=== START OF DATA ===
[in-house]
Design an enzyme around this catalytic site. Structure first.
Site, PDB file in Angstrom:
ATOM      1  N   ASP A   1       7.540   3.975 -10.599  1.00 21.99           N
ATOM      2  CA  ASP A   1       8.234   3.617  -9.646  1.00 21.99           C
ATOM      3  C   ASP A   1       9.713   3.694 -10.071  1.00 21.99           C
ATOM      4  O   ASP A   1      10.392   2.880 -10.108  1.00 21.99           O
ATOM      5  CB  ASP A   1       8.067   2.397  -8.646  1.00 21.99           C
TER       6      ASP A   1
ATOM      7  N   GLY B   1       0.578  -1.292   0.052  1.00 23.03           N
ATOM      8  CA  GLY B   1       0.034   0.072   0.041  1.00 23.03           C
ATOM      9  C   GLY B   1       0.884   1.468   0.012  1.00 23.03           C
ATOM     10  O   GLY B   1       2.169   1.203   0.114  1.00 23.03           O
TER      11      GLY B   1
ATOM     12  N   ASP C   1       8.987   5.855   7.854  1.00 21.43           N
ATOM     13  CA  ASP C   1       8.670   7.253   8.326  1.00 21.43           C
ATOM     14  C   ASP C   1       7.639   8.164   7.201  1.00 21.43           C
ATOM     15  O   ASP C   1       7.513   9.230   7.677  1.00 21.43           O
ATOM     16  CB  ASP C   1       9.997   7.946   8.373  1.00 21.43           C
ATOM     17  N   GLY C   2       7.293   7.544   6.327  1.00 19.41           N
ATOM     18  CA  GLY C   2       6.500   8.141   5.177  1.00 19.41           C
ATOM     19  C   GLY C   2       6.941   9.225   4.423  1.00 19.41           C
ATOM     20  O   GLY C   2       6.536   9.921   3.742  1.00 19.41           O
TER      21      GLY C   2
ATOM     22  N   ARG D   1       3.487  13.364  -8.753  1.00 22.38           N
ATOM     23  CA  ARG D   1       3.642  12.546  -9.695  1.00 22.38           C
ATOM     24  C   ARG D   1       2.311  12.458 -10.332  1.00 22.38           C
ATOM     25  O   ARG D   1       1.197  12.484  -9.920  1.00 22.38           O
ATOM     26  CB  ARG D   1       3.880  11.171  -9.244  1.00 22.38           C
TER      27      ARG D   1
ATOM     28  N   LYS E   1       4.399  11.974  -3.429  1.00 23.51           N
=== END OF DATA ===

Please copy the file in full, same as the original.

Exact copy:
[in-house]
Design an enzyme around this catalytic site. Structure first.
Site, PDB file in Angstrom:
ATOM      1  N   ASP A   1       7.540   3.975 -10.599  1.00 21.99           N
ATOM      2  CA  ASP A   1       8.234   3.617  -9.646  1.00 21.99           C
ATOM      3  C   ASP A   1       9.713   3.694 -10.071  1.00 21.99           C
ATOM      4  O   ASP A   1      10.392   2.880 -10.108  1.00 21.99           O
ATOM      5  CB  ASP A   1       8.067   2.397  -8.646  1.00 21.99           C
TER       6      ASP A   1
ATOM      7  N   GLY B   1       0.578  -1.292   0.052  1.00 23.03           N
ATOM      8  CA  GLY B   1       0.034   0.072   0.041  1.00 23.03           C
ATOM      9  C   GLY B   1       0.884   1.468   0.012  1.00 23.03           C
ATOM     10  O   GLY B   1       2.169   1.203   0.114  1.00 23.03           O
TER      11      GLY B   1
ATOM     12  N   ASP C   1       8.987   5.855   7.854  1.00 21.43           N
ATOM     13  CA  ASP C   1       8.670   7.253   8.326  1.00 21.43           C
ATOM     14  C   ASP C   1       7.639   8.164   7.201  1.00 21.43           C
ATOM     15  O   ASP C   1       7.513   9.230   7.677  1.00 21.43           O
ATOM     16  CB  ASP C   1       9.997   7.946   8.373  1.00 21.43           C
ATOM     17  N   GLY C   2       7.293   7.544   6.327  1.00 19.41           N
ATOM     18  CA  GLY C   2       6.500   8.141   5.177  1.00 19.41           C
ATOM     19  C   GLY C   2       6.941   9.225   4.423  1.00 19.41           C
ATOM     20  O   GLY C   2       6.536   9.921   3.742  1.00 19.41           O
TER      21      GLY C   2
ATOM     22  N   ARG D   1       3.487  13.364  -8.753  1.00 22.38           N
ATOM     23  CA  ARG D   1       3.642  12.546  -9.695  1.00 22.38           C
ATOM     24  C   ARG D   1       2.311  12.458 -10.332  1.00 22.38           C
ATOM     25  O   ARG D   1       1.197  12.484  -9.920  1.00 22.38           O
ATOM     26  CB  ARG D   1       3.880  11.171  -9.244  1.00 22.38           C
TER      27      ARG D   1
ATOM     28  N   LYS E   1       4.399  11.974  -3.429  1.00 23.51           N